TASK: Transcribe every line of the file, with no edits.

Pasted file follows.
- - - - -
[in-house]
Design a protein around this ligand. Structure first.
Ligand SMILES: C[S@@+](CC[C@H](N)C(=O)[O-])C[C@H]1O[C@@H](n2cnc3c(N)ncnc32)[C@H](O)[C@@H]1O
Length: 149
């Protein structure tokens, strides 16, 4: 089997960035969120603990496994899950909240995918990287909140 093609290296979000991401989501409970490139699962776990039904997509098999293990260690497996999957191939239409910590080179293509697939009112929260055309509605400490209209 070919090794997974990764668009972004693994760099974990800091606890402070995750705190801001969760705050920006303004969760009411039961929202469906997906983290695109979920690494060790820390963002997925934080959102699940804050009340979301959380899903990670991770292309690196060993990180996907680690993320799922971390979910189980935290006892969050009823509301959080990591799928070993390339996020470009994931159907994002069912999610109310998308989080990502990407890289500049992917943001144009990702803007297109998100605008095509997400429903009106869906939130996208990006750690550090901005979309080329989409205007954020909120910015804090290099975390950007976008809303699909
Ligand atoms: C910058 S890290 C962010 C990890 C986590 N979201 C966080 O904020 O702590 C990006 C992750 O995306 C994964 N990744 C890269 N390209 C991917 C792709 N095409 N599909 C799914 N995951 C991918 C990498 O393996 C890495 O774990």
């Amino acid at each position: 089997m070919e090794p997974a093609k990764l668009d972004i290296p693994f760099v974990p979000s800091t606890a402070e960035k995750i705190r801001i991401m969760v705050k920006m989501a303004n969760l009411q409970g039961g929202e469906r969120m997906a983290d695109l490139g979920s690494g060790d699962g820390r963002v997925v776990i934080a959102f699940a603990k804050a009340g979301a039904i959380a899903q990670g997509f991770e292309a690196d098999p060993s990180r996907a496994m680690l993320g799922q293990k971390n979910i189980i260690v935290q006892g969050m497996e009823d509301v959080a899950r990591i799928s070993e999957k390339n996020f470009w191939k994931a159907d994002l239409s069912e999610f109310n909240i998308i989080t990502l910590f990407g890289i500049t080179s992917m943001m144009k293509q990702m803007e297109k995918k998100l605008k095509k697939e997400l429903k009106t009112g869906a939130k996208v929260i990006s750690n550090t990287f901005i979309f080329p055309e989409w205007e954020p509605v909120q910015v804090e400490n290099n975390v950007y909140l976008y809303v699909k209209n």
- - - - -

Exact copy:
[in-house]
Design a protein around this ligand. Structure first.
Ligand SMILES: C[S@@+](CC[C@H](N)C(=O)[O-])C[C@H]1O[C@@H](n2cnc3c(N)ncnc32)[C@H](O)[C@@H]1O
Length: 149
């Protein structure tokens, strides 16, 4: 089997960035969120603990496994899950909240995918990287909140 093609290296979000991401989501409970490139699962776990039904997509098999293990260690497996999957191939239409910590080179293509697939009112929260055309509605400490209209 070919090794997974990764668009972004693994760099974990800091606890402070995750705190801001969760705050920006303004969760009411039961929202469906997906983290695109979920690494060790820390963002997925934080959102699940804050009340979301959380899903990670991770292309690196060993990180996907680690993320799922971390979910189980935290006892969050009823509301959080990591799928070993390339996020470009994931159907994002069912999610109310998308989080990502990407890289500049992917943001144009990702803007297109998100605008095509997400429903009106869906939130996208990006750690550090901005979309080329989409205007954020909120910015804090290099975390950007976008809303699909
Ligand atoms: C910058 S890290 C962010 C990890 C986590 N979201 C966080 O904020 O702590 C990006 C992750 O995306 C994964 N990744 C890269 N390209 C991917 C792709 N095409 N599909 C799914 N995951 C991918 C990498 O393996 C890495 O774990």
């Amino acid at each position: 089997m070919e090794p997974a093609k990764l668009d972004i290296p693994f760099v974990p979000s800091t606890a402070e960035k995750i705190r801001i991401m969760v705050k920006m989501a303004n969760l009411q409970g039961g929202e469906r969120m997906a983290d695109l490139g979920s690494g060790d699962g820390r963002v997925v776990i934080a959102f699940a603990k804050a009340g979301a039904i959380a899903q990670g997509f991770e292309a690196d098999p060993s990180r996907a496994m680690l993320g799922q293990k971390n979910i189980i260690v935290q006892g969050m497996e009823d509301v959080a899950r990591i799928s070993e999957k390339n996020f470009w191939k994931a159907d994002l239409s069912e999610f109310n909240i998308i989080t990502l910590f990407g890289i500049t080179s992917m943001m144009k293509q990702m803007e297109k995918k998100l605008k095509k697939e997400l429903k009106t009112g869906a939130k996208v929260i990006s750690n550090t990287f901005i979309f080329p055309e989409w205007e954020p509605v909120q910015v804090e400490n290099n975390v950007y909140l976008y809303v699909k209209n």